Helpful teaching strategies for getting students to analyze text. Incorporates both large and small student group discussions. Covers Common Core for ELA for speaking and listening and reading informational text.
Get a handle on Text Complexity with the help of Sarah Brown Wessling. See a presentation covering Text Complexity that includes the 3 part model for measuring text complexity. She also provides tips on applying Text Complexity to your classroom.
In Rigor is NOT A Four-Letter Word, 2nd Edition, Barbara Blackbun explains how to increase rigor so that all students can each higher levels of learning. This tip concentrates on using the Common Core State Standards' focus on text complexity as a means to increase rigor in your classroom.
To increase rigor related to text selection, it is valuable first to simply look at whether or not your students are reading texts that challenge them. You’re looking for a balance: Material should be difficult enough that students are learning something new, but not so hard that they give up. If you like to play basketball, you’ll improve if you play against someone who is better than you. But, if you play against the most talented NBA star, you’ll learn less because you are overwhelmed by his advanced skill level. A good benchmark guideline is that for text to be appropriately challenging for growth, students should be able to understand about 75% of what they are reading. That percentage means students understand the majority of the material, while learning something new. One option for increasing text difficulty is to identify where your students are reading, and provide text materials that match their level for growth.
As we look at how to incorporate this in your class, let me caution you. Looking at text difficulty should never be a limiting factor for your students. I visited one school where students were never allowed to choose something to read unless it was “within their point range.” That is not what I am recommending. Students always need the opportunity to read texts of their choice. And there are some books that may have a lower score on a readability scale, but the content is more difficult, perhaps due to the concepts described or due to the use of figurative language. However, I am saying that students also need selected opportunities to read material that is appropriately rigorous. Please note the word materials. Particularly with students who are reading substantially above or below their age or grade level, consider informational, nonfiction articles rather than novels. This helps address issues other than just the text difficulty. Remember, we are talking about depth, not length, and we don’t want students to feel like they are being punished.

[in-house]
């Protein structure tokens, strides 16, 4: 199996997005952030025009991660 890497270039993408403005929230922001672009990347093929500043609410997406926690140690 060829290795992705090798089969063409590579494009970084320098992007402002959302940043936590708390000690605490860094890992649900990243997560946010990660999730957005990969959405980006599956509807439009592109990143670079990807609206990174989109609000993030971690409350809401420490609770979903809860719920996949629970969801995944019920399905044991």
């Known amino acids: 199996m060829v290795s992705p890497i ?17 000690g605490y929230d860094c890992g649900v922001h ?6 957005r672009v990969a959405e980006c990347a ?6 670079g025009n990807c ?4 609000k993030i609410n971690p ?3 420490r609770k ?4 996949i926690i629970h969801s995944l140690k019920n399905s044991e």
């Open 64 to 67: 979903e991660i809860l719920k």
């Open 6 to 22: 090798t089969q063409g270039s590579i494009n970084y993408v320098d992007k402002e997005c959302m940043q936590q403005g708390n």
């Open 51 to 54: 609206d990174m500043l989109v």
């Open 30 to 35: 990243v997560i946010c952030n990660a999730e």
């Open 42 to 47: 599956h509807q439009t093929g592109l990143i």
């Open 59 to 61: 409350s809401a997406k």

No matter which tool you use to determine the difficulty of your text materials, it’s important to remember that text difficulty is only one factor to consider when selecting text for or with your students. Other considerations include the appropriateness of the text for students’ age or developmental levels, the content of the material, and the purpose for reading, such as interest or for research. It is critical to remember to use your own judgment along with varying measures of text difficulty. However, just because a text is recommended at a certain level does not mean that text is the most appropriate one for your students...
"We are living in a digitally focused world that requires us to adopt new life styles that we , the digital immigrants, were not used to before. This excessive digitization of life has also brought about some new learning concepts and we start talking about digital self-learning and digital peer-learning.Peeragogy is a project that embodies these notions and goes beyond them to empower you with the tools to delve deeper into a collaborative process of knowledge building and meaning making."